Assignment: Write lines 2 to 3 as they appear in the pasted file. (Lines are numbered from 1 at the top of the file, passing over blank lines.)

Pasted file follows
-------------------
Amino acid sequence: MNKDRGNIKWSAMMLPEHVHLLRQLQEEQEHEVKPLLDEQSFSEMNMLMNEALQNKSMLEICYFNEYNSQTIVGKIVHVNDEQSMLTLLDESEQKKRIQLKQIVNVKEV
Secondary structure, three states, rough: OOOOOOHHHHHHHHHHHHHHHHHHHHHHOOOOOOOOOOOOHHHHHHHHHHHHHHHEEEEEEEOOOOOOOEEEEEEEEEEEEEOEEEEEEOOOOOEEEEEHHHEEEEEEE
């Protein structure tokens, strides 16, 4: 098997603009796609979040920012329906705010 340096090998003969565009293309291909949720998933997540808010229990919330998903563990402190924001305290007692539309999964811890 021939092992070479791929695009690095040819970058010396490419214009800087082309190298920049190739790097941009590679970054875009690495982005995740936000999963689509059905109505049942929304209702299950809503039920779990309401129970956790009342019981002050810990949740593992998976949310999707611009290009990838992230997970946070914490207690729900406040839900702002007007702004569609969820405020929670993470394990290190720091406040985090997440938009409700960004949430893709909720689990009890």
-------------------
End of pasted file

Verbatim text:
Secondary structure, three states, rough: OOOOOOHHHHHHHHHHHHHHHHHHHHHHOOOOOOOOOOOOHHHHHHHHHHHHHHHEEEEEEEOOOOOOOEEEEEEEEEEEEEOEEEEEEOOOOOEEEEEHHHEEEEEEE
């Protein structure tokens, strides 16, 4: 098997603009796609979040920012329906705010 340096090998003969565009293309291909949720998933997540808010229990919330998903563990402190924001305290007692539309999964811890 021939092992070479791929695009690095040819970058010396490419214009800087082309190298920049190739790097941009590679970054875009690495982005995740936000999963689509059905109505049942929304209702299950809503039920779990309401129970956790009342019981002050810990949740593992998976949310999707611009290009990838992230997970946070914490207690729900406040839900702002007007702004569609969820405020929670993470394990290190720091406040985090997440938009409700960004949430893709909720689990009890």